Director: Peter Jackson
Studios: WingNut Films
Starring: Timothy Balme, Diana Peñalver, Elizabeth Moody, Ian Watkin
Tagline: Some Things Won’t Stay Down… Even After they Die; You’ll Laugh Yourself Sick
MPAA Rating: Unrated
Genre: foreign film, horror, thriller, action, zombie, comedy, gore
Scare score: B
Plot overview: Set in New Zealand, the young, persevering Spaniard Paquita María Sánchez (Peñalver) is ready to do whatever she has to to meet her true love after her superstitious mother draws her tarot cards. As the fates would have it, her true love is destined to be the clumsy and neurotic – but good-hearted – Lionel (Balme) who still lives with (and under the constant oppression of) his mother. When a virus carried by the rare Sumatran rat-monkey turns Lionel’s mum (Moody) into a flesh-craving zombie, the good son still tries his hardest to protect her, even by going to extreme (and ridiculous) measures. As the virus spreads, however, the increasingly violent zombies become too much to handle, and Lionel and Paquita will have to fight an extremely gory battle for their own lives.
I have to admit I enjoyed this film. Plain and simply, it was funny, and I found myself both laughing and cringing at its famous gore. Yes, this film is obviously a cult classic due to its gore – and in my book, the charming New Zealand accents only helped. Who would expect such a silly – and at times disturbing – movie from Peter Jackson? That is, Sir Peter Jackson of The Lord of the Rings trilogy? That is, a respected and honored, prize-winning director, the brains behind this film of silly costumes, bright colors, a corny script, and ridiculous blood and gore? Wowsas.
The acting was very enjoyable. I think constantly bracing myself for the gore helped the story itself somehow become a lot more real and the acting much more believable. I was especially impressed by Balme who does a great job of playing the timid, frightened product of an overbearing (to say the least) mother, only to later switch to slightly crazed yet valiant and rather charming hero. Peñalver was also a breath of fresh, foreign air with an extremely accurately written part, featuring a particularly enjoyable Spanish diss to the perverted Uncle Les (Watkin). The zombies, though ultimately I thought they were a bit overkill (I really, really didn’t mean that pun), were funny and I appreciated their individuality.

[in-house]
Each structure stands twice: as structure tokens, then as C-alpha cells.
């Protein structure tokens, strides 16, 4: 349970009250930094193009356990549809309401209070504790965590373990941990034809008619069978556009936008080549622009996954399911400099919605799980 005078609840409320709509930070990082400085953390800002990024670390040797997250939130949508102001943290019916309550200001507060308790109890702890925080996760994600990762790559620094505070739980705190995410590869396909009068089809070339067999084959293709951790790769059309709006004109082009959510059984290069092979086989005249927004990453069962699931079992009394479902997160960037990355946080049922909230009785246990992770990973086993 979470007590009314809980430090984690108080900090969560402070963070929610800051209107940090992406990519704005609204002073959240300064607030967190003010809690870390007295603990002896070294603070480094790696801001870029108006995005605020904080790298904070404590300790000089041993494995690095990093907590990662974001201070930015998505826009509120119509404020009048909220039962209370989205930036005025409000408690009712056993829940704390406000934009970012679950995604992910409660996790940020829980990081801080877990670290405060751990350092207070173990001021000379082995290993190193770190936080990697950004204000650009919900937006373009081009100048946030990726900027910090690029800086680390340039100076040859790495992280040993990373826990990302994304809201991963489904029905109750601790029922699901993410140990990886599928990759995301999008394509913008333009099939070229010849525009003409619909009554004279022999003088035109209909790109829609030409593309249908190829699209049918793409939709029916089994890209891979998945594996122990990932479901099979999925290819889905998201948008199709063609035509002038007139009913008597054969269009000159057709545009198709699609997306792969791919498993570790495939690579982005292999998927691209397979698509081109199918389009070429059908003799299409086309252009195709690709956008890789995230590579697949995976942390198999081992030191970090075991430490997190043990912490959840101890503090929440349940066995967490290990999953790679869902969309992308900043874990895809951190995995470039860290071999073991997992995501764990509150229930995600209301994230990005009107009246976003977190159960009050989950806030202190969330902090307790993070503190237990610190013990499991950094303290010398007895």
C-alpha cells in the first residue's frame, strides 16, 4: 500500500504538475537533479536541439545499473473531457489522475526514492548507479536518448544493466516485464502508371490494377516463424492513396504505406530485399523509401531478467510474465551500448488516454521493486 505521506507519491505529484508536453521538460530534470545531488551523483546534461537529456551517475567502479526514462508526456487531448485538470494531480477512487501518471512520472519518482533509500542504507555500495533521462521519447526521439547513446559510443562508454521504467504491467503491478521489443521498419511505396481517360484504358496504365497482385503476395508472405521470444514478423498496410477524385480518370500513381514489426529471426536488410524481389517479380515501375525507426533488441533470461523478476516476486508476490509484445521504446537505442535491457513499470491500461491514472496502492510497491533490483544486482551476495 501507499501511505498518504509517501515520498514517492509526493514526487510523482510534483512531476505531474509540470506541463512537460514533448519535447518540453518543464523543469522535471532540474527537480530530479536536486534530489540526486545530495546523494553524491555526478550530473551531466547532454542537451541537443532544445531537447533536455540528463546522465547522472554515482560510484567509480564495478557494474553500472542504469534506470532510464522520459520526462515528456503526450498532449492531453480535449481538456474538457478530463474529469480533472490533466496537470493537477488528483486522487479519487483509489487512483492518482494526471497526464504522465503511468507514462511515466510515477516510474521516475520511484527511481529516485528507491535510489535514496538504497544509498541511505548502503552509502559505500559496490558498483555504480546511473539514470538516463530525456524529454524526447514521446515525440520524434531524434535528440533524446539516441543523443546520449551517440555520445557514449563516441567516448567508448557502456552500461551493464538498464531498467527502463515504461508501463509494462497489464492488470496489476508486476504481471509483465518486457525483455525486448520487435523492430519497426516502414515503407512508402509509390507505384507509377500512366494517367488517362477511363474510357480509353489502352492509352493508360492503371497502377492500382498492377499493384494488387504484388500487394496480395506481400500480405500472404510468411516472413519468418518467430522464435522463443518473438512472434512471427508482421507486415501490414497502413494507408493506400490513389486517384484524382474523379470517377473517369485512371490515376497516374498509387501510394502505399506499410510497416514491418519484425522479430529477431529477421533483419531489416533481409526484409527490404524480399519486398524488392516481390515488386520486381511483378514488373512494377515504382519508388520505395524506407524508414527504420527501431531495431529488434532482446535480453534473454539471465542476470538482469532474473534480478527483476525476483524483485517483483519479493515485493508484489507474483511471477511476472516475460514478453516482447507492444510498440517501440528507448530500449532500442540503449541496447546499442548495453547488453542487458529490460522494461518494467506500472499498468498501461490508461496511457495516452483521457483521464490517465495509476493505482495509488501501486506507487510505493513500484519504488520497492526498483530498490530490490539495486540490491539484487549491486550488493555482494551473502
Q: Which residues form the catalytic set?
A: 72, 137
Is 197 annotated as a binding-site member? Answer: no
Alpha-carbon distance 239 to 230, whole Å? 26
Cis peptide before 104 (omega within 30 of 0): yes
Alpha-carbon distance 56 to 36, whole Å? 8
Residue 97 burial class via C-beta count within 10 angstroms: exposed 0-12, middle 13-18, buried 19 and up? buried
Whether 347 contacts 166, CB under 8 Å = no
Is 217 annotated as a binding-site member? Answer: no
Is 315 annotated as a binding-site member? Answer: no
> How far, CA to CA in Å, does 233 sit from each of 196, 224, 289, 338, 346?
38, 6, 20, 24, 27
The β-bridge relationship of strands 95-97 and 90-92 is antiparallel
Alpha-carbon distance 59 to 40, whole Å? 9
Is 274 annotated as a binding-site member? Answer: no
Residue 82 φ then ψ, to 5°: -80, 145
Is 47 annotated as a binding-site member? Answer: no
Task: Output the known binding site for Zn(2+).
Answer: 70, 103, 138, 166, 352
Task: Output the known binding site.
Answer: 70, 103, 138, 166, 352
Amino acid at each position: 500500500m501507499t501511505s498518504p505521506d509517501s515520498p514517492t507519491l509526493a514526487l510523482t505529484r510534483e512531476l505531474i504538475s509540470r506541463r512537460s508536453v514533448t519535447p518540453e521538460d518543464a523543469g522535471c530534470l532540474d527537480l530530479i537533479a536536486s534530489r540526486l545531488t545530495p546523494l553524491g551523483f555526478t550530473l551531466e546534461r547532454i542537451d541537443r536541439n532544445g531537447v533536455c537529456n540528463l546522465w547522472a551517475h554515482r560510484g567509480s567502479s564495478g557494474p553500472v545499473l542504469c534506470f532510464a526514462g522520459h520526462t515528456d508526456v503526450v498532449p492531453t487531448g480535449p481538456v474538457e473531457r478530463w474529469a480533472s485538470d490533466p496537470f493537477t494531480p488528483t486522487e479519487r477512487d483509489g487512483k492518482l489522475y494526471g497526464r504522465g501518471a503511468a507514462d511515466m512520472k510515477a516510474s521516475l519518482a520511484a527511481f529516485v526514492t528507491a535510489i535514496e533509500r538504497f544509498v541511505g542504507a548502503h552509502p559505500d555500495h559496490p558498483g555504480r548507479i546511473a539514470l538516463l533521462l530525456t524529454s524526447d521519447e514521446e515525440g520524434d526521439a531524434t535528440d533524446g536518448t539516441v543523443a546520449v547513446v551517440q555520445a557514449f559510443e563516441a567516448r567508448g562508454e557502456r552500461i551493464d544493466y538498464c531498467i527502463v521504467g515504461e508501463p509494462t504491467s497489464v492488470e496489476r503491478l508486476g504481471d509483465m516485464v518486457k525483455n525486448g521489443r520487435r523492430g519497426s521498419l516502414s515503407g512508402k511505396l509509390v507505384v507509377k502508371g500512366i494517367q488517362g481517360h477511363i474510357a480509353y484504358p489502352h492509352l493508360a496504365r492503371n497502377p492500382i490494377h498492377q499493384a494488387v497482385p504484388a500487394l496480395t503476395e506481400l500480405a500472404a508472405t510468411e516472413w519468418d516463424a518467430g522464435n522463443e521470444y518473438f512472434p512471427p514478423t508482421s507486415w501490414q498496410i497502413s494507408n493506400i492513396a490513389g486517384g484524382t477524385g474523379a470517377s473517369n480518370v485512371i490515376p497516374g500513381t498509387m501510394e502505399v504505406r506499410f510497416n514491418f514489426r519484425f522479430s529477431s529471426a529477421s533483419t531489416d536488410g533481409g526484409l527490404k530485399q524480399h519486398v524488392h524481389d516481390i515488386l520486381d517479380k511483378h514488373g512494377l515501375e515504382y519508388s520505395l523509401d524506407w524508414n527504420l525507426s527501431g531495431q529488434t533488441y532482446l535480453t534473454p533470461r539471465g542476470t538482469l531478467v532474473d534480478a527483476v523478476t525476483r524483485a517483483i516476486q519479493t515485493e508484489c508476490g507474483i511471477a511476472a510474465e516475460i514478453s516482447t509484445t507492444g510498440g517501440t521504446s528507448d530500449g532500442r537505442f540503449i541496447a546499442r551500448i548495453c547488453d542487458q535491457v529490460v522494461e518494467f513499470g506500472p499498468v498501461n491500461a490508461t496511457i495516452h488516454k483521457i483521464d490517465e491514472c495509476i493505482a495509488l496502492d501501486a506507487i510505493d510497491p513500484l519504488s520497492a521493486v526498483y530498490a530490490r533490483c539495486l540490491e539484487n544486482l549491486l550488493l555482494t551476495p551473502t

What I most want to know is what is was like to film this movie. I am mainly referencing the final ‘battle’ scene when it is the several party guests – headed by Uncle Les, Lionel, and Paquita – against what seems like an endless barrage of bloody, variously dismembered zombies. When at least 20 people are turned into puree, the entire set looks like the final result of la tomatina, a giant tomato fight. Our protagonists are physically covered in dripping something in various scenes, and Horror Buff just wishes he could speak to them to ask how uncomfortable that was. I just read that 300 liters of fake blood was used in this final scene alone – that’s about 80 gallons, possibly making this the bloodiest film of all time.
Luckily for squeamish viewers – well, I guess I’d still advise for you to stay away – but this isn’t gore like we see in Hostel. Instead, we are treated to a colorful array of ’90s gore – like skulls with skin ripped off, entire rib cages removed, and even living intestines who care about their appearance in the mirror. Once we get past the initial shock of all the gore, it really becomes a rather silly, enjoyable, and action-packed movie, almost reminiscent of Evil Dead from a decade before. The cheesy script honestly had some great lines, and there was a sort of modest, true comedy lying beneath all the blood and guts. You can tell Peter Jackson, among others, had fun doing this film, which is always a nice thing to watch.
Fun fact: In Spanish, the movie title translates to “Your Mother Ate My Dog,” which is a line delivered by Paquita after… well I won’t spoil it. Anywho, today someone said to me “Your Mother Ate My Dog,” and after a moment of silent confusion we established that they were talking about a movie with a lot of gore. I kid you not when I tell you my mind went immediately to Dead Alive, which I had only ever read about (the “rebirth” scene, specifically). Hence why I went home and found it online pretty much immediately.
Final critique: This film isn’t for everyone. If you can toughen up a bit, and maybe keep a paper bag handy (in case of accidents – the worst for me was probably the early stages of of Mum’s sickness and seepage), you will be in for a funny, silly treat of a cult classic. There is a funny, decent script here, and the final product gives us some acting which, considering the general plot and plausibility of the film, is not bad. You won’t look at pureed tomatoes, kitchen appliances, or lawn mowers the same way again.